"Go to your friend Willy's," she says. "You'll get there just in time for lunch."
"Fine," he says defiantly. "I will," and he heads off down the driveway.
Elaine sits on the steps all day. She sits until Daniel comes home.
"Go in and bring me a Coke, will you?" she asks Daniel, and he does, delivering the ice-cold can apparently without noticing that the refrigerator light is out.
He drags a beach chair out of the garage and sets it up for her. She lies down in the backyard.
Elaine hears the car door slam, as Paul and Sammy return. Paul goes into the house, makes himself a drink.
"You want one?" he yells out the kitchen window.
"Please," she says.
He comes out into the yard, drinks in hand. He takes off his shoes and socks. He wiggles his feet in the grass.
"I can't cook dinner," she says. "I just can't do it."
"We'll grill," he says. "We'll just slap everything on the grill."
She doesn't say more. It's Sunday night, a holiday weekend, the beginning of summer. They have their drinks and they have more drinks. The bleating bellow of mothers calling their children home echoes up and down the street. "Wendy, Jonathan, Danielle, Michael, dinner's ready." Elaine's stomach growls; she hasn't eaten since breakfast. Paul sets up the grill—a little too close to the house, Elaine thinks, but she doesn't say anything. He lights the coals.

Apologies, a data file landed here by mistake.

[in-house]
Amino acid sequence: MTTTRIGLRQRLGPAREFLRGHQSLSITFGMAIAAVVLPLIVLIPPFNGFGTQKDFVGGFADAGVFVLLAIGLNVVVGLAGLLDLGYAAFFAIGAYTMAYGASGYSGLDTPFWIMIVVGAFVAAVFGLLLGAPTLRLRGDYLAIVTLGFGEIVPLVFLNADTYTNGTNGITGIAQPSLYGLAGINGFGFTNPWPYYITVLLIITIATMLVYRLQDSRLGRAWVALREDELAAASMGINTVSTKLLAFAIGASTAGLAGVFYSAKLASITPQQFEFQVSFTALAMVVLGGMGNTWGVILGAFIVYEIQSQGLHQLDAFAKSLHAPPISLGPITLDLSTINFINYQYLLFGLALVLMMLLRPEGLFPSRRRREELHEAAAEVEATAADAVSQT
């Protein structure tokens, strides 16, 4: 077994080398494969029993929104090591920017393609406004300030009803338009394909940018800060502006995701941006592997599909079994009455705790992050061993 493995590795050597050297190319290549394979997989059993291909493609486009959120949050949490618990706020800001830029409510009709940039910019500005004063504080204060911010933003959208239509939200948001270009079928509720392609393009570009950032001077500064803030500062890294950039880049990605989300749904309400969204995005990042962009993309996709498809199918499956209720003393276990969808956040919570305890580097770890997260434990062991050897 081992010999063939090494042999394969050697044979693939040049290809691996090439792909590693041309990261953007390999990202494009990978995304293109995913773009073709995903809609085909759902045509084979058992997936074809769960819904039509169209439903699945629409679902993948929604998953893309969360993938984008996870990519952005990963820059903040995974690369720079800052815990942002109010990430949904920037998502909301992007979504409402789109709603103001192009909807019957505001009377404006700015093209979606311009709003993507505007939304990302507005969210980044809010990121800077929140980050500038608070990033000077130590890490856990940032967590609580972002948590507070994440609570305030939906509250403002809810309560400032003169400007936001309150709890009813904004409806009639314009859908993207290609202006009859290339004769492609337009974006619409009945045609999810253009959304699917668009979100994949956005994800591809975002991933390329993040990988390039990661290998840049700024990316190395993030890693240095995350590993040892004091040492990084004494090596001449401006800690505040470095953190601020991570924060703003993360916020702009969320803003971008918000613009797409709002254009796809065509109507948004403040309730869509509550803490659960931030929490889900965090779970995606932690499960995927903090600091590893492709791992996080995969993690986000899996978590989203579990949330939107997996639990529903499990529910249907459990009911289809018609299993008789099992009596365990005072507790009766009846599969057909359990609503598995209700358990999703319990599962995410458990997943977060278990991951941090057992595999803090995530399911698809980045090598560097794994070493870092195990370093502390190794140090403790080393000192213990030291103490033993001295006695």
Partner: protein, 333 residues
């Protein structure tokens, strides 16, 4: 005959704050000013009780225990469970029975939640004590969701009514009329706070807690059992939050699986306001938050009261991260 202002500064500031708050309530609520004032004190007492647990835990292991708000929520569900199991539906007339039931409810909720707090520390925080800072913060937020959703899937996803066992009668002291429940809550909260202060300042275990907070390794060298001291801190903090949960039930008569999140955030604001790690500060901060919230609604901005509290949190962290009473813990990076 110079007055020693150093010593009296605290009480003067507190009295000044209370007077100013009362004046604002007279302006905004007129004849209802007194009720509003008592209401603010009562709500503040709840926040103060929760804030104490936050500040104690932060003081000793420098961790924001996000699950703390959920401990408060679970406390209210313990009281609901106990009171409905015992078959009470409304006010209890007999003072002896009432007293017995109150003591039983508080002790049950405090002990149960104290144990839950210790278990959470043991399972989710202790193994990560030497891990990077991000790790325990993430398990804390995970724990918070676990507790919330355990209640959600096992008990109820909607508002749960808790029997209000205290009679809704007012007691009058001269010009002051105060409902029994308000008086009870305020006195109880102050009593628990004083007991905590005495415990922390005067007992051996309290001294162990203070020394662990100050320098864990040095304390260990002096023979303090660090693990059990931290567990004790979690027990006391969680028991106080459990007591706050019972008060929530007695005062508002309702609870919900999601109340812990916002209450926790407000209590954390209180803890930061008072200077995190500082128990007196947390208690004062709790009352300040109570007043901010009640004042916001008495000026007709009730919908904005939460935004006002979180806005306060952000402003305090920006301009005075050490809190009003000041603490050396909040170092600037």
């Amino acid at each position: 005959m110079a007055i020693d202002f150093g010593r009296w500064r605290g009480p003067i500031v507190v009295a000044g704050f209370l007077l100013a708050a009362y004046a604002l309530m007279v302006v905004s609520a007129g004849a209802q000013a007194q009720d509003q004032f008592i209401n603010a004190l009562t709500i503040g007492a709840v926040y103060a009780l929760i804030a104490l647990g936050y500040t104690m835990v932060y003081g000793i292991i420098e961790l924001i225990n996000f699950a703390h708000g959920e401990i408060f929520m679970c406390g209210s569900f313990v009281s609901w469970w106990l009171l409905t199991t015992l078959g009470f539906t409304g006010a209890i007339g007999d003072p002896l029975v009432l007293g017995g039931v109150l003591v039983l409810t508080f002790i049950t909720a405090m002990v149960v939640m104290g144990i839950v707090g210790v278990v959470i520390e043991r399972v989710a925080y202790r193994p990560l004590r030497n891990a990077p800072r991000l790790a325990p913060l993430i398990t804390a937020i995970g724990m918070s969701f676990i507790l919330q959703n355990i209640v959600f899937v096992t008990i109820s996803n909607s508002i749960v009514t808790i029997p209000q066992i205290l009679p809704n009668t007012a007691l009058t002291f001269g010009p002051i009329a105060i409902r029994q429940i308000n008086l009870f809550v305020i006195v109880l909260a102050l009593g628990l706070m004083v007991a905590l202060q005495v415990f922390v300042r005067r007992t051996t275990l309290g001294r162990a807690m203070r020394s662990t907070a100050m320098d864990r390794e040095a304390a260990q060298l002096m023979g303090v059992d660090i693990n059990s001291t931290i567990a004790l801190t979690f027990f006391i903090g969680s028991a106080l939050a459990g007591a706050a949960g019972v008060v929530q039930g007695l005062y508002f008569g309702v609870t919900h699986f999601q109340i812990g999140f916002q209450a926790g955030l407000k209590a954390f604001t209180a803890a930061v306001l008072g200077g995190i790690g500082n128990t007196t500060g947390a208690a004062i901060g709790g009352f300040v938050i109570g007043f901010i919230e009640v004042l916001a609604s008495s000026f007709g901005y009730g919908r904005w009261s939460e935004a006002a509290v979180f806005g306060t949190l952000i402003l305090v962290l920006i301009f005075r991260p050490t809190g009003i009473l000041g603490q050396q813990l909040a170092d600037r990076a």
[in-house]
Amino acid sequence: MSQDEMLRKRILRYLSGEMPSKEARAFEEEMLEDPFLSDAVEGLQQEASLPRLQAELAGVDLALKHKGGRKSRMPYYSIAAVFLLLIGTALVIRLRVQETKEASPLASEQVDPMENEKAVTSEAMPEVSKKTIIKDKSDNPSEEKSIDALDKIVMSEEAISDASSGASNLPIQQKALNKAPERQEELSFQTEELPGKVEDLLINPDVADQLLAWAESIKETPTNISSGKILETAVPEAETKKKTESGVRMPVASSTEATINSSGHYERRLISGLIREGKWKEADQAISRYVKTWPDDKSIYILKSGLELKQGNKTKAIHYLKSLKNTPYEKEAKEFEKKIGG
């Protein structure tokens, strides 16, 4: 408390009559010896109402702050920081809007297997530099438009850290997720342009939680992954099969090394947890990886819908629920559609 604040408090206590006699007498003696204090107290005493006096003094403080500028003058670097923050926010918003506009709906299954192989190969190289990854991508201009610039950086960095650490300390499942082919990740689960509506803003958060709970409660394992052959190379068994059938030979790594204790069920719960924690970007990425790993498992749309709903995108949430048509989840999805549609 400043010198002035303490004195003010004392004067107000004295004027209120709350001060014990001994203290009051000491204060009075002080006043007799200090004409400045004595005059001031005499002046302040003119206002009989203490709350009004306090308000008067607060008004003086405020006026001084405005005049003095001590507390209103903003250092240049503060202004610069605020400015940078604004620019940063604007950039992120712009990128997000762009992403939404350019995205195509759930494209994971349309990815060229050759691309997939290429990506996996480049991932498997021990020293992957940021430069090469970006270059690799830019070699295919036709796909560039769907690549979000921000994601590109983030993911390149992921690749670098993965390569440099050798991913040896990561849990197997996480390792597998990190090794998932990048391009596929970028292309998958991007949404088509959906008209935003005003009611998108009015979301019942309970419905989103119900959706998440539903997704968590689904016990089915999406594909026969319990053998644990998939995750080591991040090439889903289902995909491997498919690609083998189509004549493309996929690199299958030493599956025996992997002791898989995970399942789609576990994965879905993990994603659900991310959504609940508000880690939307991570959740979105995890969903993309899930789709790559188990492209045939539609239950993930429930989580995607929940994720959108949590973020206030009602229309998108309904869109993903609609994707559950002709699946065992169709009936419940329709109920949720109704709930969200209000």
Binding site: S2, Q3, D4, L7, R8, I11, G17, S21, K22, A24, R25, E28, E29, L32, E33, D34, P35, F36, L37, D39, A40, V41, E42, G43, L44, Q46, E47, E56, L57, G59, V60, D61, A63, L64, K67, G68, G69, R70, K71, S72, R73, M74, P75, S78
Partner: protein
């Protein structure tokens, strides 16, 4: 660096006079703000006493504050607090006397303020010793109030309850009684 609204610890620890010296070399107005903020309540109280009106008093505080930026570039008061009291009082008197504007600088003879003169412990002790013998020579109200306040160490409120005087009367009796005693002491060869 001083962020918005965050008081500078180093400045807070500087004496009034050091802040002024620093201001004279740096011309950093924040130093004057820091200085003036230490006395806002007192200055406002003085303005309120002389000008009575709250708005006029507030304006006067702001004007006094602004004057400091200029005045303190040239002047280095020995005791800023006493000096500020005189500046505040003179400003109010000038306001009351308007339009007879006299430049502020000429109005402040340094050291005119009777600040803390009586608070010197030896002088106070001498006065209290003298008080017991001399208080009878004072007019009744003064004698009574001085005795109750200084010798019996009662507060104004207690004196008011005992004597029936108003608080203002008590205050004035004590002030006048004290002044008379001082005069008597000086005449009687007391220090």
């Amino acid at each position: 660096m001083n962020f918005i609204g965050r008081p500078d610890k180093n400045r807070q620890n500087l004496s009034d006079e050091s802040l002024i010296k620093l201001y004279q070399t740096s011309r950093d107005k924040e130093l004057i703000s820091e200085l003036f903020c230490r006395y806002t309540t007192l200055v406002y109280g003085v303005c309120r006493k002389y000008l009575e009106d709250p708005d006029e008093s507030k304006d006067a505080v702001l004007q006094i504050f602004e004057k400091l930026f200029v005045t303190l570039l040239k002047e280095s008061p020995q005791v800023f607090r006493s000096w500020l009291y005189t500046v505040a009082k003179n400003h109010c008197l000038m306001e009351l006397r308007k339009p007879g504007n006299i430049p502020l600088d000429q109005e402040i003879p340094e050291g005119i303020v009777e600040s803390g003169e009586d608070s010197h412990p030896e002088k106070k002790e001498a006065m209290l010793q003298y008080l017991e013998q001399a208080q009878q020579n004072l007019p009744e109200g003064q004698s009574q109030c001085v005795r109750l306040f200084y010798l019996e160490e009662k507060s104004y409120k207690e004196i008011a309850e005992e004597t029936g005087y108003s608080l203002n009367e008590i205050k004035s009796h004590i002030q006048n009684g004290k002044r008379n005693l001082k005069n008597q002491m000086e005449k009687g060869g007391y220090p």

"I don't think you realize what I'm saying," Elaine says. "I can't do it anymore."
"What do you want to do about it?" Paul asks.
"Where are the children?"
"In the front yard."
Elaine and Paul are silent, listening for Sammy and Daniel's game. The static of the children's walkie-talkies cuts through the air.
"What are you wearing?" Daniel squawks.
"Blue shorts," Sammy squawks back.
"And what color are your socks?"
"Mine are red," Sammy says, and then, as if they know the parents are listening, the children begin beeping each other with the Morse-code button, talking in an unintelligible language of longs and shorts, dots and dashes.
Paul picks up the can of charcoal-starter fluid and squirts it against the house. "Is this what you want?" he asks.
Elaine sucks in her breath; she can't tell if Paul is joking or not.
"Tell me," he says, emptying the can against the house, spraying a swath over the grass, a line that leads straight to the grill. "You have to tell me."
"I don't know," Elaine says.
The briquettes are almost ready; the coals are orange-edged, glowing. Elaine goes to Paul, puts her arm around Paul's waist. She balances herself, then raises her leg, her foot, her toe, and taps her toe against the leg of the grill.
"Harder," Paul says.